Nothing like it under the sun

TV: There's something to be said for the traditional animal circuses ... they're cruel and sad. Cirque du Soleil spares the whip without spoiling the fun.

July 31, 1999|By Howard Rosenberg | Howard Rosenberg,LOS ANGELES TIMES

This is about Cirque du Soleil. Translation from French: Circus of the Sun.

That's the dazzling, kaleidoscopic Canadian troupe making a spectacular debut tomorrow night as a pay-for-view television attraction from TVN Entertainment. Animal-free circus as theater, even on a small screen it makes the conventional, sawdust-as-usual Circus Vargas and Ringling Bros. and Barnum & Bailey crowds look like "The Gong Show."

But first this prologue:

There's a famous song in "Fiddler on the Roof" that celebrates tradition.

It came to mind during a recent PBS documentary about the family-run Tarzan Zerbini Circus that began in Italy in 1763, and still tours in Europe and North America, proudly honoring its roots in an arc of continuity spanning generations.

Very inspiring.

The hour ended with Tarzan's daughter, Patricia, speaking about making her mark as an elephant trainer, as her father did in the big cage showing mastery of tigers.

And there she was strutting under the lights, all glittery and phosphorescent in her costume, performing before an appreciative audience with her "trainees," five elephants.

An elephant swung her around as she hung from one of its tusks. Two elephants somehow balanced their massive bodies on small platforms while lifting her with their trunks. Two let her plant a leg on each of their heads and do a split. Later, all five rolled over and played dead. Then they sat on their rumps with their front legs thrust forward.

Finally, they paraded in a circle to music before leaving from the ring on their hind legs, the last one stopping to wiggle the tip of its trunk as if saying goodbye.

Very sad.

It recalled a recent quote in the Los Angeles Times from Phil McKinley, director of the Ringling Bros. and Barnum & Bailey Circus -- the world's largest -- now at the Anaheim Pond.

Describing the show's signature "Living Carousel" number, a lineup of trainers and animals that includes at least a dozen bedecked elephants up on their hind legs, he said: "I wanted to create a moment in the show where you saw humans and animals living in harmony together."

This is harmony?

Another view: The only way to achieve it with animals is for humans to stop exploiting them. That includes not gussying them up and forcing them into unnatural behavior as circus performers that are granted about as much respect as cotton candy. There are periodic reports of trainers physically abusing their animals, some of these charges having been confirmed, others not. One could argue, though, that contorting animals to fit circus entertainment values, however the means, is an act of cruelty.

This is one tradition that cries out for term limits.

Although some circuses with animals still pack them in, there are more humane ways to operate, to say nothing of more creative, exciting and exotic, as fans of 15-year-old Cirque du Soleil and the growing number of other animal-free circuses have discovered.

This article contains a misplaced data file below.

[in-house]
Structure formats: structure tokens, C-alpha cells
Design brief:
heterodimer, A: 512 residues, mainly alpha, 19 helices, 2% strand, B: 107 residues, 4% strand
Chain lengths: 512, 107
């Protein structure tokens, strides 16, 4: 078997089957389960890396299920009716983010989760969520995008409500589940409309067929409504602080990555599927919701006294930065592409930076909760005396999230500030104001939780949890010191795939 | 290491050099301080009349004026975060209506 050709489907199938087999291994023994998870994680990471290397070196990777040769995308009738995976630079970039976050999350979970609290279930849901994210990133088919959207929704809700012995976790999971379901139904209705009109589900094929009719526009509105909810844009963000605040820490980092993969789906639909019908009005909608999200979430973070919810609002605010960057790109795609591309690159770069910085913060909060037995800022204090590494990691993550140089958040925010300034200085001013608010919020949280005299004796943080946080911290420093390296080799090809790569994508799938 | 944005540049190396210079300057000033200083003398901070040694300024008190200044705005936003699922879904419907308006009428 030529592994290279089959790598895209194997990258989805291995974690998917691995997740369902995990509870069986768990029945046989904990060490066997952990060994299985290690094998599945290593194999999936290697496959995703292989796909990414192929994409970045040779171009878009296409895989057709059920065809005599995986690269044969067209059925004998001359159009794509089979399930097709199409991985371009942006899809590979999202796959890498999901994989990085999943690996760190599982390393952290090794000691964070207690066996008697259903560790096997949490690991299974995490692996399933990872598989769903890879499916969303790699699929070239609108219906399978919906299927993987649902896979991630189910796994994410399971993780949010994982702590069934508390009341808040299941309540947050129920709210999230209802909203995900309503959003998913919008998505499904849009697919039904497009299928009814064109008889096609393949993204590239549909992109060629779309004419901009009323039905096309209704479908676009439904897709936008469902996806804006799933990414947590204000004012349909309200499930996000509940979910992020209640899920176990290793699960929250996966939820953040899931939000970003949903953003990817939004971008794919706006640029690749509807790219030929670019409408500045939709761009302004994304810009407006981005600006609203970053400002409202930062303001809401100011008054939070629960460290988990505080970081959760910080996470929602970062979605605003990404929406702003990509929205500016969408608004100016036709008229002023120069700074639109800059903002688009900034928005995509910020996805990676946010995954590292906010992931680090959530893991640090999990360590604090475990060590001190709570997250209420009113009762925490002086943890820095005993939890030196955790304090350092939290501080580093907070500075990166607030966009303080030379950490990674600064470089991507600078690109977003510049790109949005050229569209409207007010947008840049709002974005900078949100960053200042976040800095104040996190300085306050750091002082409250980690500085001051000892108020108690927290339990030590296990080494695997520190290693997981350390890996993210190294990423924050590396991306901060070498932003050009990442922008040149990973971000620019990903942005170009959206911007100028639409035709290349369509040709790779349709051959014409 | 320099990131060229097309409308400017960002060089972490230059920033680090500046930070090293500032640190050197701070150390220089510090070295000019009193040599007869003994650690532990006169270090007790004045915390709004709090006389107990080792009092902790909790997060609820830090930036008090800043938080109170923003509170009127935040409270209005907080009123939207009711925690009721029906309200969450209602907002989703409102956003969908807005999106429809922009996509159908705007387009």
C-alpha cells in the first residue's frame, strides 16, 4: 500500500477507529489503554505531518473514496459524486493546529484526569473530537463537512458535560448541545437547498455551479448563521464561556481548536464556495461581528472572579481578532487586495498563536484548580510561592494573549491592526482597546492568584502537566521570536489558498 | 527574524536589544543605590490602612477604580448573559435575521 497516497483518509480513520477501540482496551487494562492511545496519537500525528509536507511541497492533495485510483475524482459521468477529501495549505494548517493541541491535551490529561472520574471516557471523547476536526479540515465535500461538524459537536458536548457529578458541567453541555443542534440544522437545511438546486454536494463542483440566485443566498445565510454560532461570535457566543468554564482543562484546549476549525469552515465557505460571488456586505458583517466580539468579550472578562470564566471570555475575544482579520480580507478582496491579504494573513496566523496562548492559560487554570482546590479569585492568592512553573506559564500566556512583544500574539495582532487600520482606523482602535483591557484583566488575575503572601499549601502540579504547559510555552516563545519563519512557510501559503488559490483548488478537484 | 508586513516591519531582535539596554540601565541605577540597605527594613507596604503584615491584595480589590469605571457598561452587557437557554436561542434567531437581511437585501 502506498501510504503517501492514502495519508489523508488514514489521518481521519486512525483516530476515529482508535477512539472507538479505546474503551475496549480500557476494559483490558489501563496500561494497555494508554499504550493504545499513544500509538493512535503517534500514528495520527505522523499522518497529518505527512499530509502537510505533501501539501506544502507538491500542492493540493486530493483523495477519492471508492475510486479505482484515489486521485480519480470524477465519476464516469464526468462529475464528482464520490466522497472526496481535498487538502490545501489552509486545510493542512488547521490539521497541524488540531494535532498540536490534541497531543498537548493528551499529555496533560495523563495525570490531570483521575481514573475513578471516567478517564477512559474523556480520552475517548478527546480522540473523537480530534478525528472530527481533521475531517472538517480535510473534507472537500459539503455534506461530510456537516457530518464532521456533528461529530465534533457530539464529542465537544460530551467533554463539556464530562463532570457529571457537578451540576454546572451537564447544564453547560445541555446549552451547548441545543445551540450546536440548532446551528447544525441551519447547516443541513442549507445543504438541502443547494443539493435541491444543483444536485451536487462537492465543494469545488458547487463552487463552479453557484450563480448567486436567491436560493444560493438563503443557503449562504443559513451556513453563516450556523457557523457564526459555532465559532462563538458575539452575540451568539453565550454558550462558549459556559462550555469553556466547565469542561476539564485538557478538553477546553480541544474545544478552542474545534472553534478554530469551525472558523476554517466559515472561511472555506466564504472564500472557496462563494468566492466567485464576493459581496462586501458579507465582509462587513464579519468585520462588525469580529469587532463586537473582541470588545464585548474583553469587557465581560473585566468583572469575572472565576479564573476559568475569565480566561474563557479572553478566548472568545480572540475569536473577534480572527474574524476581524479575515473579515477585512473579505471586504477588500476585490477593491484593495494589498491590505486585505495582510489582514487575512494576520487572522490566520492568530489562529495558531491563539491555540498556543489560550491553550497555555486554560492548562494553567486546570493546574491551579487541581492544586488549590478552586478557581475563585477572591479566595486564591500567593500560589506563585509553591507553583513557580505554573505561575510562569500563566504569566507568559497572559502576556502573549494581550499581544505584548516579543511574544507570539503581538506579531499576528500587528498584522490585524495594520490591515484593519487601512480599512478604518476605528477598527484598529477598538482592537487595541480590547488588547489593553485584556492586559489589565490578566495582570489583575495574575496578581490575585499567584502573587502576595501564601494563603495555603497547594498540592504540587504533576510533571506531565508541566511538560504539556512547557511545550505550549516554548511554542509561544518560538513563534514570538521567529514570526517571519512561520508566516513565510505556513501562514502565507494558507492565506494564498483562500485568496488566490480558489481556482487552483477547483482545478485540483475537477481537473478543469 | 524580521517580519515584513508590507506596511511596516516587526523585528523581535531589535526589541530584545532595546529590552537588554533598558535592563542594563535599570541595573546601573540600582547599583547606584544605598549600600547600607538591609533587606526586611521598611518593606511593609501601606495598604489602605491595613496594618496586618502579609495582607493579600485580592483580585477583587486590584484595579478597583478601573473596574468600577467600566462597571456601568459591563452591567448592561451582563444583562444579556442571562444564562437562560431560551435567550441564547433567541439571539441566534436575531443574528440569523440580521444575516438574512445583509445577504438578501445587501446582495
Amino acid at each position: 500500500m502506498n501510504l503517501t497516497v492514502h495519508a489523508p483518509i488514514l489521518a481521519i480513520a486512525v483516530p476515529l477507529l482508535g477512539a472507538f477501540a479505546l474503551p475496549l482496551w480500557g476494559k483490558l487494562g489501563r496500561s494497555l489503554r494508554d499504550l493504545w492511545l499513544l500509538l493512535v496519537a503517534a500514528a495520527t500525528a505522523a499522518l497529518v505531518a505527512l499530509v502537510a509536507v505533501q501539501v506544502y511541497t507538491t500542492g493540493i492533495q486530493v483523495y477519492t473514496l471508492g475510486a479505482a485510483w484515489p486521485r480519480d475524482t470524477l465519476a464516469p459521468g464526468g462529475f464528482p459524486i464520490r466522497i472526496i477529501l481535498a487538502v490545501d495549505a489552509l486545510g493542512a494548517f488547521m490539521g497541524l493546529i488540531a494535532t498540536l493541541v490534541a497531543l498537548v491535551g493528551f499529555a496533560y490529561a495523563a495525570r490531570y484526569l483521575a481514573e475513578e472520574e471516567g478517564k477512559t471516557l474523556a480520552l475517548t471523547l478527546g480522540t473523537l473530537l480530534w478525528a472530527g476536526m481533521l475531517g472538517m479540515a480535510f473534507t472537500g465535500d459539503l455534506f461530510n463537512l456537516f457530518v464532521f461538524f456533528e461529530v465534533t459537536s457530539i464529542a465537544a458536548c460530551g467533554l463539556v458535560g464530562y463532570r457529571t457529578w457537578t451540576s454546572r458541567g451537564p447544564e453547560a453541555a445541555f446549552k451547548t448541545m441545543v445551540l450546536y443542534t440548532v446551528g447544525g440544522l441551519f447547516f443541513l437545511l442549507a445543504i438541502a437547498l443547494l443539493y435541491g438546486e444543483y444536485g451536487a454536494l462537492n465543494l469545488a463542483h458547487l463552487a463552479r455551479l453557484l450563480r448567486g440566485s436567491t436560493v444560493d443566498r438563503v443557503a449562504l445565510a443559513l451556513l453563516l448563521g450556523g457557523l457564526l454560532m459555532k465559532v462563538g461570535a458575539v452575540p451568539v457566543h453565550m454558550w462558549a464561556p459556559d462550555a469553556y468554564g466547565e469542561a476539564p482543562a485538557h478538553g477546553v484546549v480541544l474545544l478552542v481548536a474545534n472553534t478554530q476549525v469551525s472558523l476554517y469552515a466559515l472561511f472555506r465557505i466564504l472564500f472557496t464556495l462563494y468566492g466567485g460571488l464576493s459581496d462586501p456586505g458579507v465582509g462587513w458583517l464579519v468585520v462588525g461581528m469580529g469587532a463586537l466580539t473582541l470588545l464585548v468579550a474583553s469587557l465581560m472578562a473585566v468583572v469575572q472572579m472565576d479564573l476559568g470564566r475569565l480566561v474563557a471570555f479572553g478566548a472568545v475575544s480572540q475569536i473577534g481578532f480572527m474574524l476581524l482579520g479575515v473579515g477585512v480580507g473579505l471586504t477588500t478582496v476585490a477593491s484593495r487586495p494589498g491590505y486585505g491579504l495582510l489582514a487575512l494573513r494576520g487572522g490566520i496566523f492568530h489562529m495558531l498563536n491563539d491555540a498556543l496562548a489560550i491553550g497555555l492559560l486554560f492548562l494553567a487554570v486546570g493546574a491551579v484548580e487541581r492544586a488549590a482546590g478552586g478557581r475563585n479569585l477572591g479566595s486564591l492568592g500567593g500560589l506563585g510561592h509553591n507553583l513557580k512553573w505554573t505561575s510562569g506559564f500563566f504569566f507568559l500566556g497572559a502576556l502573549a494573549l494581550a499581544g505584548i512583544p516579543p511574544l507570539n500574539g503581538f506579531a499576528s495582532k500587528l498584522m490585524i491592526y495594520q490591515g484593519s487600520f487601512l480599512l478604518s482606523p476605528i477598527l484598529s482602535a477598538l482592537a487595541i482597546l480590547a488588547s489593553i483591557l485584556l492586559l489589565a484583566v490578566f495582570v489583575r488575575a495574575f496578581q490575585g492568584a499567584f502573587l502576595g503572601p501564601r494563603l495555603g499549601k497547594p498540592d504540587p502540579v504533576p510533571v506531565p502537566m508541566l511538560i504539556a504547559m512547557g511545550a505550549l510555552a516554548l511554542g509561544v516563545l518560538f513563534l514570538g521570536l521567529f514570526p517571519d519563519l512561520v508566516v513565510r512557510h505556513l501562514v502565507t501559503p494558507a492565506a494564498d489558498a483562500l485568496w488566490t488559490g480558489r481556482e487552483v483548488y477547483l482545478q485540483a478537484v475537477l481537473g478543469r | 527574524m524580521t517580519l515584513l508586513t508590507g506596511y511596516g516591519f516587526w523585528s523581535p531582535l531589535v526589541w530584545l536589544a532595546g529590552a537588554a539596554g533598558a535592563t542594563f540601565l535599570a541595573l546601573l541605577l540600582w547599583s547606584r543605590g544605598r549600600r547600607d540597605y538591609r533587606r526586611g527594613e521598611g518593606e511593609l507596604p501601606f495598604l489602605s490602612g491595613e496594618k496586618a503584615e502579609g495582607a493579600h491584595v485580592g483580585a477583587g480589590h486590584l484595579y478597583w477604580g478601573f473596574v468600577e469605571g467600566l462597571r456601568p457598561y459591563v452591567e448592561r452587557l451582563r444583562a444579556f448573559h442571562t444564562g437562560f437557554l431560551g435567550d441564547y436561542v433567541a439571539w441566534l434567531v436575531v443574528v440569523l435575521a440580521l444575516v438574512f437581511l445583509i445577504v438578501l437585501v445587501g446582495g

For the uninitiated, proof arrives tomorrow in 90 tailored-to-TV minutes of a long-touring Cirque du Soleil production titled "Quidam," following a half-hour pre-show with background and interviews.

Fifteen cameras, from ceiling to floor, capture the beauty, choreography, athleticism and originality.

How far TV has come since those early days of Ed Sullivan's plate-spinners.

Director David Mallet has a lengthy pedigree when it comes to mounting high-profile TV events. Yet unlike the recent overcooked, untelegenic "Lord of the Dance" and "Feet of Flame" specials he directed for fast-tapping, high-stepping Michael Flatley, "Quidam" fits right into the TV groove by balancing size with intimacy.

Staged before an audience in Amsterdam, this Cirque is entertainment perfection, its astonishingly gifted cast of street-style performers, jugglers, balletic gymnasts and high fliers creating a hybrid of exquisite whimsy and magnificent oddity.

There are clowns, too, each of their faces a work of art, for in addition to the haunting music and performances, this is as much a triumph of Nathalie Gagne's makeup, along with Dominique Lemieux's costumes, Luc Lafortune's lighting design and, of course, Franco Dragone's artistic direction and Mallet's TV guidance.

Siegfried & Roy, eat your hearts out.

"Quidam" is said to be Latin for "the anonymous passer-by," and although its plot or message can be detected only with a Geiger counter, Dragone insists the show "highlights our frailties and our anguish in the face of the new millennium."

Well ... if he says so. Another reading, however, is that it's just plain wonderful to watch, in most ways not matching the ambience of Cirque du Soleil in the flesh, yet in some ways better. Get a gander, for example, of the emotion on Isabelle Chasse's face, caught in close-up as she entwines herself in a column of red silk high above the ground in the show's most stunning sequence. You wouldn't see that in person.

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